Agile product development allows enterprises to build products in a way that responds effectively to risk, change, and uncertainty. There are self-organized teams that create quick prototypes by collaborating among themselves and with customers; agile methodology also involves them. The prototypes developed by these teams go through a repetitive cycle where customers get a chance to interact with them. They provide feedback after the interaction that is then incorporated into the product, which eventually makes the product better.
However, there are several organizations that start with Agile software development before applying agile to other activities.
Agile might seem relatively new compared to waterfall development, but its manifesto was published two decades ago. This manifesto was a document written collaboratively by seventeen leading software developers of the industry.
Boiling it down to the elementary level, agile is about making changes based on the newest information and not just following a pre-ordained plan. Customer involvement, iteration, and learning are the main hallmarks of these fast-adapting teams.
Because customer involvement is one of the hallmarks of agile development, the products remain in constant assessment throughout the development lifecycle. Waterfall development, on the other hand, is broken down into phases and has a limited scope. This perhaps is the most glaring difference between the two methods. Here are some of the features of agile development that can help understand agile in a much better way.
As mentioned in the above paragraph, assessment of the product is done throughout the development cycle. This means that the members of the development team do the work regularly.
The work done by the team on a regular basis is called ‘sprints’, and the more popular term is “iterations”. No matter how good the product looks, each aspect or phase of the development is revisited to make it even better.
In most cases, these iterations are scheduled. For example, some teams decide to re-evaluate the progress in the development and its direction every week, or after two weeks, or even a month.
Also, read: How Does Agile Work With UX Design?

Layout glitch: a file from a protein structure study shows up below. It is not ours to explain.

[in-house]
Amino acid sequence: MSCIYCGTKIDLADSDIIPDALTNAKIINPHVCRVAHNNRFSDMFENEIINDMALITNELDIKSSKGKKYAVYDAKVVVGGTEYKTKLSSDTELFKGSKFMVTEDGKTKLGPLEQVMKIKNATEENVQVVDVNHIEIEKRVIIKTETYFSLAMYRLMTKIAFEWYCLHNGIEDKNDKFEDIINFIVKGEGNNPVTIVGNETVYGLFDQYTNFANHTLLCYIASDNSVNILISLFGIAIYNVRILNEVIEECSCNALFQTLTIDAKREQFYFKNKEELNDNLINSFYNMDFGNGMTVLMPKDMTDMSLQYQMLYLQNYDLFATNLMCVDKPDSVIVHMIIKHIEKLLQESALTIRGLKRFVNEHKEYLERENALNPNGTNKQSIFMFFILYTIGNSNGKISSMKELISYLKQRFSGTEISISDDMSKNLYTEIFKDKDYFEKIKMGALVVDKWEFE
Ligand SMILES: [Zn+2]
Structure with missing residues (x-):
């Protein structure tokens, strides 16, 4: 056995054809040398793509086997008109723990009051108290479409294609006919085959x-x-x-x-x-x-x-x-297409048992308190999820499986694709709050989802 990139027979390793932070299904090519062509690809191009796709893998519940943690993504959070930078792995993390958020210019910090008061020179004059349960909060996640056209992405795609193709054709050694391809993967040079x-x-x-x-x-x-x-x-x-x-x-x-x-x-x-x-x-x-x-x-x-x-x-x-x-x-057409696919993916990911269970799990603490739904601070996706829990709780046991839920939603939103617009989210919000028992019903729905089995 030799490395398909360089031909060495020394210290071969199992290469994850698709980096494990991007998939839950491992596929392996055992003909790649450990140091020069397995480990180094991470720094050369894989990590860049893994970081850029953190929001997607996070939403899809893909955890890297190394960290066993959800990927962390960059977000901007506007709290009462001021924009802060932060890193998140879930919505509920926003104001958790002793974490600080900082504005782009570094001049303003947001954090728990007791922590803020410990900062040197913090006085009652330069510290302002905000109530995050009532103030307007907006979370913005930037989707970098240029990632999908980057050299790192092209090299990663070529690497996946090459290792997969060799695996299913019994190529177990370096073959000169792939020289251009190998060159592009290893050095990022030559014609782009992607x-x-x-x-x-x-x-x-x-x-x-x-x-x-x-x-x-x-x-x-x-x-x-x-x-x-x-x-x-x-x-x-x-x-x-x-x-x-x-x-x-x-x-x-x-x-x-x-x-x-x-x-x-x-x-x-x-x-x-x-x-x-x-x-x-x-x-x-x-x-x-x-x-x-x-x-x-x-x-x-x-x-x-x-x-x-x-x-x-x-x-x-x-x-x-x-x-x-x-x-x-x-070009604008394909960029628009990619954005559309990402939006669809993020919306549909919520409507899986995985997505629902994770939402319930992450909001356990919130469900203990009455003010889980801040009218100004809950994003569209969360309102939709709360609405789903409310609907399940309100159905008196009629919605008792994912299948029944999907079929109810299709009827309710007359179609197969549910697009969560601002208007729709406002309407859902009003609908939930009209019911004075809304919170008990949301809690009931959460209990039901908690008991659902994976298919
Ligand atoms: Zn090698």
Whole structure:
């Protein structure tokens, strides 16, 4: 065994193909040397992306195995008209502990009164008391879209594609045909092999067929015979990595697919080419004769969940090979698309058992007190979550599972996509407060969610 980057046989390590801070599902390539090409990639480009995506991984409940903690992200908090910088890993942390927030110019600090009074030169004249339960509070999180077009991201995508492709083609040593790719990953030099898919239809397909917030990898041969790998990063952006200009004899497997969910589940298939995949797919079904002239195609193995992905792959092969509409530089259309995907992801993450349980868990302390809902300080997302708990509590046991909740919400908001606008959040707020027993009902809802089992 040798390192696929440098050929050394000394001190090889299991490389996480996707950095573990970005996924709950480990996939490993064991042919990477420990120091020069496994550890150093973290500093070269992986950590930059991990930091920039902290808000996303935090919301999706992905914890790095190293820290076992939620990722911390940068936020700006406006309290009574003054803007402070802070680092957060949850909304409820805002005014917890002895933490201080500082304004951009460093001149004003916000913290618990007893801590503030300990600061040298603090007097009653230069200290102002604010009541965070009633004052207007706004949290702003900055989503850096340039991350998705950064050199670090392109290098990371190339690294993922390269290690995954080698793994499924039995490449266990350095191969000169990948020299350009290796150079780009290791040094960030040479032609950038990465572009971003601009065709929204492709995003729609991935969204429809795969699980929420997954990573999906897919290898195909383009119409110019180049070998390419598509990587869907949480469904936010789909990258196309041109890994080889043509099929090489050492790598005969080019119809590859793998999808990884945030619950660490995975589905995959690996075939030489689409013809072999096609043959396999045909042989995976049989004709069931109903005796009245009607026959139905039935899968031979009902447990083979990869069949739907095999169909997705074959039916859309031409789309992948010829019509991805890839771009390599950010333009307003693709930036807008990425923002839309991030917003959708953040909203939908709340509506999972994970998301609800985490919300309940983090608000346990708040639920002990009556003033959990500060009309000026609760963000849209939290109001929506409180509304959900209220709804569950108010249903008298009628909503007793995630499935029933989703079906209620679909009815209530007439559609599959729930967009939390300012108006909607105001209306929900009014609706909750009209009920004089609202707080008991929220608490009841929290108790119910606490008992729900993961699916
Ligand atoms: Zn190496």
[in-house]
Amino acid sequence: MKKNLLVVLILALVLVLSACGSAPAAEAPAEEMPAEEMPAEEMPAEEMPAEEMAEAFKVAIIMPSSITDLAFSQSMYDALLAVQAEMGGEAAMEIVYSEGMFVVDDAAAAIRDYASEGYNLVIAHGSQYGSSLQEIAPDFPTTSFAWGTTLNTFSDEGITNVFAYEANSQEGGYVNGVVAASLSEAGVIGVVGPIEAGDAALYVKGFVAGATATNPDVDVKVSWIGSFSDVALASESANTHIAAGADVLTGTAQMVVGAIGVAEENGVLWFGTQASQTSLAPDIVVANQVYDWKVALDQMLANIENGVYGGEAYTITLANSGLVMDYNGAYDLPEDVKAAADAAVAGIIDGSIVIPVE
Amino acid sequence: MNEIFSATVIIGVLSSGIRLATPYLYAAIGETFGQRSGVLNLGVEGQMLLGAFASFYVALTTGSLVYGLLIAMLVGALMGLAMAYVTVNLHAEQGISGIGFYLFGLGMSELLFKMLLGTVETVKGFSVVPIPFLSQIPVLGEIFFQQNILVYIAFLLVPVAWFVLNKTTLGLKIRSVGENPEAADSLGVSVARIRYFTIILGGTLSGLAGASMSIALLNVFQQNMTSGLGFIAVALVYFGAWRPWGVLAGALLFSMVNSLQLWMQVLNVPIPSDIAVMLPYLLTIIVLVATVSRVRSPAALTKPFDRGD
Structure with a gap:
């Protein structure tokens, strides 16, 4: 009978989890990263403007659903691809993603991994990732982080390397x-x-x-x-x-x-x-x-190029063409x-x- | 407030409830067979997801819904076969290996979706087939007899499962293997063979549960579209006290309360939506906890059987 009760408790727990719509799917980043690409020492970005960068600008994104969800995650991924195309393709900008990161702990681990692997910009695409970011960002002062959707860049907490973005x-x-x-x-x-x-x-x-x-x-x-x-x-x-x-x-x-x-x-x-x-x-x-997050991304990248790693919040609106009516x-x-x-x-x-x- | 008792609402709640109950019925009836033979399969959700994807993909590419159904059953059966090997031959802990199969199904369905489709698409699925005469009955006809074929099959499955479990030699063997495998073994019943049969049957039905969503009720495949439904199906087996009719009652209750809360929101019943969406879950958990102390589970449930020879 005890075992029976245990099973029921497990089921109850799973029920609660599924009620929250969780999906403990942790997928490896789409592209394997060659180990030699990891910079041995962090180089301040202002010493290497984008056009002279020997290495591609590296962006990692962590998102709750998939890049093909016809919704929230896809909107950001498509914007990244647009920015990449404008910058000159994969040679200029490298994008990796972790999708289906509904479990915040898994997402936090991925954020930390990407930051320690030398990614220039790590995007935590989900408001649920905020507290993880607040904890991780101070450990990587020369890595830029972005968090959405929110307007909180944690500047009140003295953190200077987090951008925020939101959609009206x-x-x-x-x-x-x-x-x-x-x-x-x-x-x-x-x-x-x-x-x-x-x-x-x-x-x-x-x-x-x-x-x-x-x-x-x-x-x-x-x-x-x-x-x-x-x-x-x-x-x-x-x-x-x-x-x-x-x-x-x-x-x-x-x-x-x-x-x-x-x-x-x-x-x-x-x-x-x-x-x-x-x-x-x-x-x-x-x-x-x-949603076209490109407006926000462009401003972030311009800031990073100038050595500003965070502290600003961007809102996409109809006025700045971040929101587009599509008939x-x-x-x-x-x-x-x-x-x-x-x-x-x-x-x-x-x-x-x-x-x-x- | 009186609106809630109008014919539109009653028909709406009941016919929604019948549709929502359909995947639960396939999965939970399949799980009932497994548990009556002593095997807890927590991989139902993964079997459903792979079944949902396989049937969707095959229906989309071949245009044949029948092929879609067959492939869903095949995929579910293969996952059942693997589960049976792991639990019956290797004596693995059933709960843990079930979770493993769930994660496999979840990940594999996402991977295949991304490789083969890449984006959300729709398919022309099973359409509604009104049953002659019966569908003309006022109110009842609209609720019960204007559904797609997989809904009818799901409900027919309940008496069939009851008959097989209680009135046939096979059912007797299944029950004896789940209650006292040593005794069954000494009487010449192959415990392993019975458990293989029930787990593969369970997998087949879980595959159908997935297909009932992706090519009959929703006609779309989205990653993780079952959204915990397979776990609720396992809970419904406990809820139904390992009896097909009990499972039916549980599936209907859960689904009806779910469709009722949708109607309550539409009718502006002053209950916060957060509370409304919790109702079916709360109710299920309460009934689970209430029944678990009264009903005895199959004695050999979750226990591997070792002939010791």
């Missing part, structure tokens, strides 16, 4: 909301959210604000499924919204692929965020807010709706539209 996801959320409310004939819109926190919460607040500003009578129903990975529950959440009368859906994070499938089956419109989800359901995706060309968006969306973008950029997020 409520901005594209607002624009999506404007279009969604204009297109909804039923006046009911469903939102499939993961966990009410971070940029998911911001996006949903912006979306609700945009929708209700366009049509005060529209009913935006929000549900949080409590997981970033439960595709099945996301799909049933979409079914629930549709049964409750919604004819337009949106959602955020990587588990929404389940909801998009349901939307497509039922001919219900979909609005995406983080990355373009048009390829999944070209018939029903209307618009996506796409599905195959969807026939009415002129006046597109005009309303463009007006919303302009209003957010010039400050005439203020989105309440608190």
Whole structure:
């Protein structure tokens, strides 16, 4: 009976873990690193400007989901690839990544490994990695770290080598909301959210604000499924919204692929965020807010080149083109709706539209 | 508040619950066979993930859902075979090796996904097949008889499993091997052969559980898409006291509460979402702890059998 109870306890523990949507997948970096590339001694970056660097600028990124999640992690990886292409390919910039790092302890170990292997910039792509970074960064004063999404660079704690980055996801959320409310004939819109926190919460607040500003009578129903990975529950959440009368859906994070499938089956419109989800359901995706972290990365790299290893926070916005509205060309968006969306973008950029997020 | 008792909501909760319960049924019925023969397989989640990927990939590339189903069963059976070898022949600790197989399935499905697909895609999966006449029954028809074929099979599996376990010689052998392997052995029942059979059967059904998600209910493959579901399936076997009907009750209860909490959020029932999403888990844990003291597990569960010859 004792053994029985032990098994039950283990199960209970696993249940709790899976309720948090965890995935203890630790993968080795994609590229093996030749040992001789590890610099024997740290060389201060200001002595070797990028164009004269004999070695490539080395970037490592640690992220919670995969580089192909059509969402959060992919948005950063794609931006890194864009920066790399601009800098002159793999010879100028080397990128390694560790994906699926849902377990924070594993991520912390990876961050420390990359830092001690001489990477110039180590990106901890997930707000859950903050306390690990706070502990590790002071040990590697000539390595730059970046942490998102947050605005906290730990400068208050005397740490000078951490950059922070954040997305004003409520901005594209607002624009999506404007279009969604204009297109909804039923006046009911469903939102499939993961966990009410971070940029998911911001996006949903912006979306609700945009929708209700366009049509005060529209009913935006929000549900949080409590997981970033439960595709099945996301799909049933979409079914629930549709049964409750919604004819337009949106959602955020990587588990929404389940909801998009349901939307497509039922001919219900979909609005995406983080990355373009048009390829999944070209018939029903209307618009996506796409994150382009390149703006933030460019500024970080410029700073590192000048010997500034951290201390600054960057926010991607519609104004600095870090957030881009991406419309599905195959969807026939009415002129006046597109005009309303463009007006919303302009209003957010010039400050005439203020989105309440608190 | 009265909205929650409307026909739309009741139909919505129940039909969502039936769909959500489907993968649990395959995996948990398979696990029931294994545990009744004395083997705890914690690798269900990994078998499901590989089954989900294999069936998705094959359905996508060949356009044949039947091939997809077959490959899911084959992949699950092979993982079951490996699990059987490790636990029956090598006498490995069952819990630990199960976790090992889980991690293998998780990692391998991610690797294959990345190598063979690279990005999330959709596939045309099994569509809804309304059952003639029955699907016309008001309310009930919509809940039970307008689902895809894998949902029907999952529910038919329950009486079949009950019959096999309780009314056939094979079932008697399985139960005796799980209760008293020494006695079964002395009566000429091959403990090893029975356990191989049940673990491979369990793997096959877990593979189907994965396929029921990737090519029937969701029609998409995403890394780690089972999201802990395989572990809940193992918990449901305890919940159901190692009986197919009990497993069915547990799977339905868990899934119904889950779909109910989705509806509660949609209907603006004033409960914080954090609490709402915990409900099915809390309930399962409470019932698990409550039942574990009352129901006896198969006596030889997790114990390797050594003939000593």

The flexibility of the product definition is one of the significant demands in the market, especially with this rapidly changing customer needs. Moreover, it takes a long time to get all the needs and requirements documented. Waiting for the documentation to happen and then starting the work delays TTV (time to value). Time to value is basically the amount of time between when a consumer takes any action and when they see some sort of value of that action.
Using agile methods, the TTV decreases, which means the customers get the response to their feedback sooner.
For companies to respond rapidly to the changes, they need to have good quality teams. And over the years, scrum teams have been one of the driving factors in the success of agile. To get the best out of any group, you have to hire highly skilled people, make a dedicated leadership system for self-organizing teams, and, more importantly, clear obstacles from their path.
Agile prioritization is also quite helpful in empowering the team. It is mainly an act of deciding the order in which the team will work on the requirements of a specific project. This prioritization process can bring the best result while keeping factors like time and budget in check.
Here is a basic structure that can bring the best out of any team:
Agile allows the development of a product to happen simultaneously with the information and requirements collection. This makes it very suitable for the companies that want to launch their products in a short time. When the product is launched in a short time, it stays relevant to the market situation. Moreover, the less time developers work on the product, the less it costs.